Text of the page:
Why isn’t Easter always on the same day every year?

Staff writerApril 20, 2014 

The Rev. Seraphim Majmudar, pastor at St. Nicholas Greek Orthodox Church in Tacoma, said his parishioners sometimes ask him why the Easter dates usually differ for Eastern and Western Christians.

“It’s just like explaining a math problem,” Majmudar said. “Once you spend a few minutes explaining things, then people kind of get it.”

The two Easters fall on the same date only sporadically. The holiday occurred on the same Sunday in 2010 and 2011. After this year, they won’t coincide again until 2017, and then not again until 2025.

Christians weren’t always divided this way. They shared a common calendar, and the same Easter, after coming together at the Council of Nicaea in 325.

The split between East and West happened in 1054, when the Orthodox Church separated from the Roman Church over theological differences.

The Western Church uses the later Gregorian calendar. It is considered more astronomically accurate than the old Julian calendar, which both East and West followed for centuries.

The formula for calculating Easter is complex.

Both the Western and Eastern traditions maintain the holiday must be celebrated on the first Sunday following the first full moon after the vernal equinox.

The date of Easter changes every year for Western Christians according to the fluctuations of the lunar cycle.

The date changes on a different pattern for Eastern Orthodox Christians because they have a different definition of what constitutes a full moon and an equinox.

In addition, the Orthodox Church always celebrates Easter after the start of Passover, which also moves from year to year.

What about Christmas? Orthodox Christians in the Tacoma area celebrate Christ’s birth on Dec. 25, just as mainline Christians do. But many Orthodox Christians in the world celebrate Christmas on Jan. 7, under the Julian calendar.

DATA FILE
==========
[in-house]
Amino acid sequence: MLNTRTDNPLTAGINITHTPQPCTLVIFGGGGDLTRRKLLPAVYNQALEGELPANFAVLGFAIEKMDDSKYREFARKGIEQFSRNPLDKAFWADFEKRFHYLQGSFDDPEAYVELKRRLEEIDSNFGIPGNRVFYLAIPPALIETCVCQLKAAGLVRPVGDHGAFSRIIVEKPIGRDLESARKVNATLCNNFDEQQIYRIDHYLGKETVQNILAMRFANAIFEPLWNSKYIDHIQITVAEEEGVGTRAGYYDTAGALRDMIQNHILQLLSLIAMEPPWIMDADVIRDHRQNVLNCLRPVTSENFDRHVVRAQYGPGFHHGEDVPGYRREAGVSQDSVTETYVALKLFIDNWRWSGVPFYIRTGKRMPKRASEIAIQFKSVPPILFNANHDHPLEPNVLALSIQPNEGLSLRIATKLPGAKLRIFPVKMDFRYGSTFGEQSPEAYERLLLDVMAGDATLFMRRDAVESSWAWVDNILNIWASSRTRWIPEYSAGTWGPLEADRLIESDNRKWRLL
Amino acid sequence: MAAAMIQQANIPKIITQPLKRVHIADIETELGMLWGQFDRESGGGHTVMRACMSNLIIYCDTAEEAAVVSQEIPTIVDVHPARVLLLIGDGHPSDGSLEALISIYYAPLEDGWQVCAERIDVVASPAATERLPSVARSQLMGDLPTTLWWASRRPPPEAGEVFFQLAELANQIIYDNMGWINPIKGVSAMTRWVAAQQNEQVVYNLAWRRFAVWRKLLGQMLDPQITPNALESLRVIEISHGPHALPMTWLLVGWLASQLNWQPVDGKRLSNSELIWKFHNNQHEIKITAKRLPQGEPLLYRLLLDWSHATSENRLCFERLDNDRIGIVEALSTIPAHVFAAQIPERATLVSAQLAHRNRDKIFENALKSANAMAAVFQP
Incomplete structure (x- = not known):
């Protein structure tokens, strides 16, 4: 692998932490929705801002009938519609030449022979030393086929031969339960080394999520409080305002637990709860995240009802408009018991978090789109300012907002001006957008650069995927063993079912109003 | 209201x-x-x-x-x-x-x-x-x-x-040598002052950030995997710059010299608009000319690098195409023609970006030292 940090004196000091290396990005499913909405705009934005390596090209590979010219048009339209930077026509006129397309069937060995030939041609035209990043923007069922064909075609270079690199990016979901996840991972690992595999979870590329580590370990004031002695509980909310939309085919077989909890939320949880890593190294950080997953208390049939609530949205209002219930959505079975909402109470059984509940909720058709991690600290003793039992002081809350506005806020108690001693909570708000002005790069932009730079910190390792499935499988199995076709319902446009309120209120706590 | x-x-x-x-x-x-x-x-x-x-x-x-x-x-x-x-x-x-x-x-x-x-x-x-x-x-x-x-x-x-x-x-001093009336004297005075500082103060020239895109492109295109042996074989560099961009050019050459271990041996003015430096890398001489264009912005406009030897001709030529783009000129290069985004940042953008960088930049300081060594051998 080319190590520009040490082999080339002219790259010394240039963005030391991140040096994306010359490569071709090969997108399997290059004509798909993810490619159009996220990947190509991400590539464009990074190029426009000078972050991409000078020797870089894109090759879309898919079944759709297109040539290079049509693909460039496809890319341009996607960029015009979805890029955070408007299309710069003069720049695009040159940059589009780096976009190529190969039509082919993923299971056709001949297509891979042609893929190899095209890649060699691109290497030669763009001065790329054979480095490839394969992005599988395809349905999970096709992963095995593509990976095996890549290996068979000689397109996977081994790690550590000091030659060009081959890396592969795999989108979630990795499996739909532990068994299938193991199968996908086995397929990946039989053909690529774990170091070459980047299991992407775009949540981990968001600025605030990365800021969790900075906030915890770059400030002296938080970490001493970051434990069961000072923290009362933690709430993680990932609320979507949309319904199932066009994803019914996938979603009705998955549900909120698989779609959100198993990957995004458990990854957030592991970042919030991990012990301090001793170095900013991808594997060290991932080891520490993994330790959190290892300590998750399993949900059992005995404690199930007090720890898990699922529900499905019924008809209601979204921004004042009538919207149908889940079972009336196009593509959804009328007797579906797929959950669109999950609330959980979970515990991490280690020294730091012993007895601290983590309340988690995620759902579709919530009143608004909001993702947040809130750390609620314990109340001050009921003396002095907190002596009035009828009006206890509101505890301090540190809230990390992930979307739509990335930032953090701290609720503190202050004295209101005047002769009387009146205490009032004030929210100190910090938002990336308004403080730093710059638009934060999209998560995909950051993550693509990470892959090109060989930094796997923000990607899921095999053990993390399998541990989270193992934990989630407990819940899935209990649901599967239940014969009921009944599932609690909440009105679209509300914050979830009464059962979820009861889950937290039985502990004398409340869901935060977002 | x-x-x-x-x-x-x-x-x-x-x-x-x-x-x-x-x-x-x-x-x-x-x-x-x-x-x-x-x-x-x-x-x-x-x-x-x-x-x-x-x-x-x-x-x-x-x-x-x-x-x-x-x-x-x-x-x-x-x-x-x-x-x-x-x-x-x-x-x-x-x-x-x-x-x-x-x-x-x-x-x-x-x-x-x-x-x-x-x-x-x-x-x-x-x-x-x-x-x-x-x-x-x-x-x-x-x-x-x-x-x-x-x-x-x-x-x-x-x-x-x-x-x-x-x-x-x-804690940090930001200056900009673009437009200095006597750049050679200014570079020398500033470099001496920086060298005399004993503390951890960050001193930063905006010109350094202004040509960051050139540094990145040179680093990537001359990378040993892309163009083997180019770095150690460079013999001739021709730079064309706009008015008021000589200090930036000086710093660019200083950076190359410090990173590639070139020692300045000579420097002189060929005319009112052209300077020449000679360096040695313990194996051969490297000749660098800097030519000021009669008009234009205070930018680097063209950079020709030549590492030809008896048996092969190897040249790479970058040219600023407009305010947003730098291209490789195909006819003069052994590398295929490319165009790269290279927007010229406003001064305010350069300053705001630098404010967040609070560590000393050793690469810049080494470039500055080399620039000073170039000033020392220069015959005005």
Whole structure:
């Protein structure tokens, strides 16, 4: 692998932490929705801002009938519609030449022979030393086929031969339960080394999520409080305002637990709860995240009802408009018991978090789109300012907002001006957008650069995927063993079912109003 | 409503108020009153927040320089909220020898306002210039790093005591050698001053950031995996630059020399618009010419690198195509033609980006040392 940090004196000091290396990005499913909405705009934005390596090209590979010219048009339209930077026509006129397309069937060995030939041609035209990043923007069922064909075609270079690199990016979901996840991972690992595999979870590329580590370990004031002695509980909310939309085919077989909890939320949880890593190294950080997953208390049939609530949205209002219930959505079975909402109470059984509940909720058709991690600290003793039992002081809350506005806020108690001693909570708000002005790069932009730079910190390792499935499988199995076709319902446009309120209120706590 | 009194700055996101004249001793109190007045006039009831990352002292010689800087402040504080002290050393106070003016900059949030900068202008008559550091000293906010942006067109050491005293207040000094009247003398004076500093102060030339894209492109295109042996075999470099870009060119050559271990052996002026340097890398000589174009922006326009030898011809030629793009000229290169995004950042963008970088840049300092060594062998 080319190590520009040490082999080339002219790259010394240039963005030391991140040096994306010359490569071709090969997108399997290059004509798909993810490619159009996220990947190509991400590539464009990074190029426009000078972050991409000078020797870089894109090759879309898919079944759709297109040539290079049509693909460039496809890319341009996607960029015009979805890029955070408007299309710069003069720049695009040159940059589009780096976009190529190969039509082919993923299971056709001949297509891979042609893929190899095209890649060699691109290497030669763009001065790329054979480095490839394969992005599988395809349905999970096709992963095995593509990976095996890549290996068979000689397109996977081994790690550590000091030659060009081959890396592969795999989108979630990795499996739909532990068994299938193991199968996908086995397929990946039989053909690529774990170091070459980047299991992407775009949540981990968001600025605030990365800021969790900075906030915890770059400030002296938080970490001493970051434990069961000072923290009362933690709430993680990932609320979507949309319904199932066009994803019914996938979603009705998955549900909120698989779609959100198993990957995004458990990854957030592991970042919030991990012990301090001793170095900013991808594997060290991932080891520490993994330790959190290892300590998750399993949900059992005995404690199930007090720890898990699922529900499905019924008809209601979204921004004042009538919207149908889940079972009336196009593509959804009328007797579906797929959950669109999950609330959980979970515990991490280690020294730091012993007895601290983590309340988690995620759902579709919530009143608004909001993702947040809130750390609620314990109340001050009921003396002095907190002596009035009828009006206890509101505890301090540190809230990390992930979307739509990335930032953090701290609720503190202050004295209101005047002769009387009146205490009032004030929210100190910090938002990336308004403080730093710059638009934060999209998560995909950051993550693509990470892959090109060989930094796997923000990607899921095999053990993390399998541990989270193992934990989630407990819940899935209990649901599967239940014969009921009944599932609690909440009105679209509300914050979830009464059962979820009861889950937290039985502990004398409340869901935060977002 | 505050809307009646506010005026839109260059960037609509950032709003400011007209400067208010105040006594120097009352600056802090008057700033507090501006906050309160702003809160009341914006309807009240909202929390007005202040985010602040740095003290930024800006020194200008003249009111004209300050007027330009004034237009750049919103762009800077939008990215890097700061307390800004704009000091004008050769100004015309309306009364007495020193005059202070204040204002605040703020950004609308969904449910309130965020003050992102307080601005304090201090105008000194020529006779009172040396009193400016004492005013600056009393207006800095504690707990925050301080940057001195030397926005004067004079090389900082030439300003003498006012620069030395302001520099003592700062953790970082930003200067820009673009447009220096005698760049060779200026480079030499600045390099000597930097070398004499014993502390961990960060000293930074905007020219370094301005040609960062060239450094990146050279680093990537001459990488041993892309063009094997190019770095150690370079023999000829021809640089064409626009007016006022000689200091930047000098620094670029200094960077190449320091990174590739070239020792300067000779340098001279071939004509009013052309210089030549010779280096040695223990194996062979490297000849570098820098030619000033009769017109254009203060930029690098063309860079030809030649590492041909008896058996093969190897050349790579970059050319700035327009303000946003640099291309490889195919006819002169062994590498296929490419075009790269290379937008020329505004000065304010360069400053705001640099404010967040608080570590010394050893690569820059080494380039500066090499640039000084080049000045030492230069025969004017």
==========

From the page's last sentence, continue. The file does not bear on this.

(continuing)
The eight times when the holidays happen to line up during the first quarter of this century are highlighted.

Year | Western Easter | Eastern Orthodox Easter

2001 April 15 | April 15

2002 March 31 | May 5

2003 April 20 | April 27

2004 April 11 | April 11

2005 March 27 | May 1

2006 April 16 | April 23

2007 April 8 | April 8

2008 March 23 | April 27

2009 April 12 | April 19

2010 April 4 | April 4

2011 April 24| April 24

2012April 8 | April 15

2013March 31 | May 5

2014April 20 | April 20

2015April 5 | April 12

2016March 27 | May 1

2017April 16 | April 16

2018April 1 | April 8

2019April 21 | April 28

2020April 12 | April 19

2021April 4 | May 2

2022April 17 | April 24

2023April 9 | April 16

2024March 31 | May 5

2025April 20 | April 20

The News Tribune is pleased to provide this opportunity to share information, experiences and observations about what's in the news. Some of the comments may be reprinted elsewhere in the site or in the newspaper. We encourage lively, open debate on the issues of the day, and ask that you refrain from profanity, hate speech, personal comments and remarks that are off point. Thank you for taking the time to offer your thoughts.

Commenting FAQs | Terms of Service